School is your child’s career and summer is their vacation. After 2 months of no school, it can be hard to get back into the swing of things (for you and your child). These tips will help make the transition back to school go smooth.
Supply Shopping Tips
Especially in elementary school, I LOVED school supply shopping. There was something about picking out a sparkly notebook and matching pencils that was awesome! This kind of shopping can be fun, but it can also be stressful. In order to calm things down, it would be helpful to bring only 1-2 kids at a time so you can keep track of the lists and what all is entering the cart.
Towards middle school, I began to have a hard time keeping track of which textbook and notebook went with which subject. My mom helped my create a system that worked for me. We color coded all my textbooks with solid color book covers and all my notebooks matched. That way all your child has to do is think, I have math. Math is red. *grabs everything red.
But… sometimes the fun part is picking cool book covers. That’s ok, too. Another way to organize your child’s books is to have themes. Maybe their science book cover has a giraffe on it. Then their science notebook might have a picture of a safari. All they have to think is, I have science. Animals are science. *grabs giraffe book A nature safari is science. *grabs safari notebook.
Another very important part to school supply shopping is knowing what you already have. Go through your child’s supplies from last year and see if anything is worth reusing. Notebooks probably have to be replaced, but last year’s ruler probably still works fine. Also, give away good supplies that your children don’t need anymore to other families! Sharing is caring!
After shopping, odds are those supplies will sit around in a corner until it’s time to take them in. No! Those supplies need to be labeled! Label just about everything with your child’s name and room number. You can even label book covers and notebooks with the subject they belong to.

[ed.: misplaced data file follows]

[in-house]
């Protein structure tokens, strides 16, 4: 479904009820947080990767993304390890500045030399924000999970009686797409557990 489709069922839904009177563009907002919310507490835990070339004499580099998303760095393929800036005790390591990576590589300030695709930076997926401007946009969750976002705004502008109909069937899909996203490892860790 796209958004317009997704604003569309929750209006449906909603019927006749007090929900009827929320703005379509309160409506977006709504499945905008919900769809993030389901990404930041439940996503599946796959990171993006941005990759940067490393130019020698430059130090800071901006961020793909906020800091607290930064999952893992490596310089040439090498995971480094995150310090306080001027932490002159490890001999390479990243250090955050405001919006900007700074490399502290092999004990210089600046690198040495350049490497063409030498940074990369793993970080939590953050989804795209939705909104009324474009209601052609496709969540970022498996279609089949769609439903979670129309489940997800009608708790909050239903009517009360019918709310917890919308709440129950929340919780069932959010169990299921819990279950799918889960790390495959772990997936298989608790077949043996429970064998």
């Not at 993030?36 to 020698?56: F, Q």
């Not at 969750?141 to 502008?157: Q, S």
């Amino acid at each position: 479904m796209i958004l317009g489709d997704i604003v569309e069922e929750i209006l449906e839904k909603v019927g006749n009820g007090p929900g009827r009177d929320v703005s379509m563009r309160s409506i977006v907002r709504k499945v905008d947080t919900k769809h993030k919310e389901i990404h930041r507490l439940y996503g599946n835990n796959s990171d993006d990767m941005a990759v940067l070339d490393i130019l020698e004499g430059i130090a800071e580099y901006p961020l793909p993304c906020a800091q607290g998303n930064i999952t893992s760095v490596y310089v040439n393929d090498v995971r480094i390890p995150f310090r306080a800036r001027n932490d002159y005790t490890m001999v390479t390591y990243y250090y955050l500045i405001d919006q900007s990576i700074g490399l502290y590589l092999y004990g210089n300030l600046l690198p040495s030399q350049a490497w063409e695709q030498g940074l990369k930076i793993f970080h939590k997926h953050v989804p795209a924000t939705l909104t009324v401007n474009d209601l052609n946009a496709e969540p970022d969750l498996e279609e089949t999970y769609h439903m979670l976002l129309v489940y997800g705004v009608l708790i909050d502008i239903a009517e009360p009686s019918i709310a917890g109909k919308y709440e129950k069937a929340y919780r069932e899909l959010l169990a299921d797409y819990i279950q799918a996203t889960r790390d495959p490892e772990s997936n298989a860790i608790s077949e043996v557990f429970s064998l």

After your child’s supplies are labeled, keep them separated from your other kids’ supplies by putting them in different colored bags. If you have your supplies in grocery bags, tie a different colored ribbon around the handle. So Kelly’s supplies have a red ribbon and Frank’s have blue.
Plus: 2 Ways to Get Kids in School Mode
Prevent TOO much sleeping in. If your children have to get up at 7 on a school day, have them get up by 8 on most days. Let them go to bed at a reasonable time. About a week or so away from school, treat every day like a school day where they go to bed at __ and get up at __.
Do summer homework during the summer…not a week before school starts. Reading or doing math problems all summer will keep their brains fresh and will make getting homework again less of a shock. If your child doesn’t have homework, summer workbooks are an awesome way to keep their heads in the game!
“But if anyone has the world’s goods and sees his brother in need, yet closes his heart against him, how does God’s love abide in him?” -1 John 3:17
This Bible verse, to me, means that if someone has a skill and doesn’t share it with someone who needs it, then how does God’s love shine in him? A great example of this is school. More specifically – math.
I used to love math! I mean LOVE math! And then I hit…algebra. Of course, it wasn’t easy, but with the help of my mom, I made it through. You, too, can help your child with their math struggles. Follow these simple tips to get started:
Relate – Instead of just laying out math rules and problems, relate the equation to something in real life. Many kids think math is literally to ruin your life at school. It’s not! Math is everywhere in life! Show your kids examples and ask them how they can relate it to their lives personally.